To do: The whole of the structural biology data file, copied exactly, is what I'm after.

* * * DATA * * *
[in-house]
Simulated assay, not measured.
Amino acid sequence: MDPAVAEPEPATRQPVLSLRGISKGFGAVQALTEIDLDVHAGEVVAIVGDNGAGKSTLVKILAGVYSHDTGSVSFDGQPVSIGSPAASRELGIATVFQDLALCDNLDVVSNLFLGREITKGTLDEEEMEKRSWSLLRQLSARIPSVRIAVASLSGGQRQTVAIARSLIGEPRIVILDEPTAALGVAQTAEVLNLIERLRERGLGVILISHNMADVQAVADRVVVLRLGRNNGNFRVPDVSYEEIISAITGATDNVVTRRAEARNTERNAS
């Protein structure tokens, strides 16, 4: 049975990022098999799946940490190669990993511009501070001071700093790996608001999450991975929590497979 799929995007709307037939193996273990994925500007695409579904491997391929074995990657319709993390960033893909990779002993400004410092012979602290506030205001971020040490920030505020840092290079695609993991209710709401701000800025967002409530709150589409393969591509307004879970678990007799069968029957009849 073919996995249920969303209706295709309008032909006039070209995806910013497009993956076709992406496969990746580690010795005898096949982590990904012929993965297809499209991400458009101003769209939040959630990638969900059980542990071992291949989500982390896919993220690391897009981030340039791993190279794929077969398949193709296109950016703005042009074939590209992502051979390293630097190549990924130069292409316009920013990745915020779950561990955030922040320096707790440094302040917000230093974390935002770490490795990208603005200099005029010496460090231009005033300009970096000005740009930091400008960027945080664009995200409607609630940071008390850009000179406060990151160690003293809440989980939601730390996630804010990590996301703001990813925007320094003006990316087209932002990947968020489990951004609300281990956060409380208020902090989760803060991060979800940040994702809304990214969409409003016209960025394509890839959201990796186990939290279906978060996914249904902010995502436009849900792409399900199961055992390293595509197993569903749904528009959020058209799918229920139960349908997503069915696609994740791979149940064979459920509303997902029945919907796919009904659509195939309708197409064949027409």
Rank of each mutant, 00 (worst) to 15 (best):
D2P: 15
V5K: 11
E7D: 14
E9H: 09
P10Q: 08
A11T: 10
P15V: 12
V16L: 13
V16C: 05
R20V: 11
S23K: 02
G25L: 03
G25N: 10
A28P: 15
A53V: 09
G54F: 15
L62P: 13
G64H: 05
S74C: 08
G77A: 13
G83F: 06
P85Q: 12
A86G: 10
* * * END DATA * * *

[in-house]
Simulated assay, not measured.
Amino acid sequence: MDPAVAEPEPATRQPVLSLRGISKGFGAVQALTEIDLDVHAGEVVAIVGDNGAGKSTLVKILAGVYSHDTGSVSFDGQPVSIGSPAASRELGIATVFQDLALCDNLDVVSNLFLGREITKGTLDEEEMEKRSWSLLRQLSARIPSVRIAVASLSGGQRQTVAIARSLIGEPRIVILDEPTAALGVAQTAEVLNLIERLRERGLGVILISHNMADVQAVADRVVVLRLGRNNGNFRVPDVSYEEIISAITGATDNVVTRRAEARNTERNAS
């Protein structure tokens, strides 16, 4: 049975990022098999799946940490190669990993511009501070001071700093790996608001999450991975929590497979 799929995007709307037939193996273990994925500007695409579904491997391929074995990657319709993390960033893909990779002993400004410092012979602290506030205001971020040490920030505020840092290079695609993991209710709401701000800025967002409530709150589409393969591509307004879970678990007799069968029957009849 073919996995249920969303209706295709309008032909006039070209995806910013497009993956076709992406496969990746580690010795005898096949982590990904012929993965297809499209991400458009101003769209939040959630990638969900059980542990071992291949989500982390896919993220690391897009981030340039791993190279794929077969398949193709296109950016703005042009074939590209992502051979390293630097190549990924130069292409316009920013990745915020779950561990955030922040320096707790440094302040917000230093974390935002770490490795990208603005200099005029010496460090231009005033300009970096000005740009930091400008960027945080664009995200409607609630940071008390850009000179406060990151160690003293809440989980939601730390996630804010990590996301703001990813925007320094003006990316087209932002990947968020489990951004609300281990956060409380208020902090989760803060991060979800940040994702809304990214969409409003016209960025394509890839959201990796186990939290279906978060996914249904902010995502436009849900792409399900199961055992390293595509197993569903749904528009959020058209799918229920139960349908997503069915696609994740791979149940064979459920509303997902029945919907796919009904659509195939309708197409064949027409």
Rank of each mutant, 00 (worst) to 15 (best):
D2P: 15
V5K: 11
E7D: 14
E9H: 09
P10Q: 08
A11T: 10
P15V: 12
V16L: 13
V16C: 05
R20V: 11
S23K: 02
G25L: 03
G25N: 10
A28P: 15
A53V: 09
G54F: 15
L62P: 13
G64H: 05
S74C: 08
G77A: 13
G83F: 06
P85Q: 12
A86G: 10